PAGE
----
I’ve chosen the following route from Glasgow as all of these distilleries are open seven days with regular tours. By all means, give Strathearn a call and see if you can do a tour. Strathearn and Daftmill would be my picks for distilleries to visit as they are small, so you’ll get a good feel for distilling ‘back in the day’. However, they do not have visitor facilities, and bookings are essential and should be made well in advance.
For all other distilleries, even though they are open to visitors, I highly recommend you pre-book your visit times at least a day or two in advance. Tours often book out, especially on weekends and during peak holiday times, and you don’t want to drive all that way and miss out.
Also, there’s nothing wrong with Auchentoshan, they are close to Glasgow, but the distillery is in a housing and industrial area. I’ve left them off the tour route as I reckon you should see some of Scotland’s epic scenery while you’re drinking her fine whisky. Add them to your route though if it’s one of your favourite drams or you’re headed out somewhere on the A82.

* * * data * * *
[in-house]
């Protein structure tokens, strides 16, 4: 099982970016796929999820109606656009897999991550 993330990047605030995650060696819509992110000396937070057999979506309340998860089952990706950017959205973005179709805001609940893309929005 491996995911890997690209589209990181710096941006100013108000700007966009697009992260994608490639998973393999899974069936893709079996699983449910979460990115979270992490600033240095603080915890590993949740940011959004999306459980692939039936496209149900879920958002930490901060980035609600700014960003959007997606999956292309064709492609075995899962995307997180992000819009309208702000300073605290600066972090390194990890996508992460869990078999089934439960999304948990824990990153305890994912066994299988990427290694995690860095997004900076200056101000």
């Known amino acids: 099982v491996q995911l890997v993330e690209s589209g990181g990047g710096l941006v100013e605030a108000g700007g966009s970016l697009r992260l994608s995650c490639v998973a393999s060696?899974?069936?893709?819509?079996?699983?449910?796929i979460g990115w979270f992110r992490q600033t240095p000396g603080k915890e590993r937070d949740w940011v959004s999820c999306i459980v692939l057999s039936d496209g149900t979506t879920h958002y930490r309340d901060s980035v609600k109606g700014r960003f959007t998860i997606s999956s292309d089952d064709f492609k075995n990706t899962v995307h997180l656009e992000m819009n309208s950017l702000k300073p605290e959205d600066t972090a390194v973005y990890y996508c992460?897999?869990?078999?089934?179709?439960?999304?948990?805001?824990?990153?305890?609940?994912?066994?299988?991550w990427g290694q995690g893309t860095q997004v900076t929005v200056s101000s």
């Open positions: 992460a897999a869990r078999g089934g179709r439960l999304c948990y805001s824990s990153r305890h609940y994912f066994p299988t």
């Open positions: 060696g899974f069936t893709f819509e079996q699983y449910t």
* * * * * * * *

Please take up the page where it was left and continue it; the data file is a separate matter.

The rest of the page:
There are only so many distillery tours you can do in a day. I recommend you pick your favourite TWO.
By all means, drop by other distilleries, have a look, do a tasting or grab yourself a bottle to take home, but if you’re trying to do more than two distillery tours, you’re going to be pushing for time. The route below is 3 hours of driving excluding all other activities. If you allow two tours, you’re already at 5 hours for today minimum. Most distilleries run tours between 10 am and 4 pm (last tour at 4 pm), but this varies depending on the time of year (most close earlier Nov – Mar). Remember to consider this when you’re picking your destinations, and prepare for a long day.
If you like long lunches, you’ll probably need to skip a tour. You don’t need to do a tour to visit the distilleries and do a tasting though.
If you want to see where the magic happens, however, (stills, mash tuns, warehouses), then a tour will be required.
It’s a Road Trip, so you’re going to need snacks. I suggest you stop by the Co-Op (they’re everywhere in Scotland) and get yourself some munchies – I highly recommend the Co-Op branded pork pies and your favourite cheese as they go well with whisky 🙂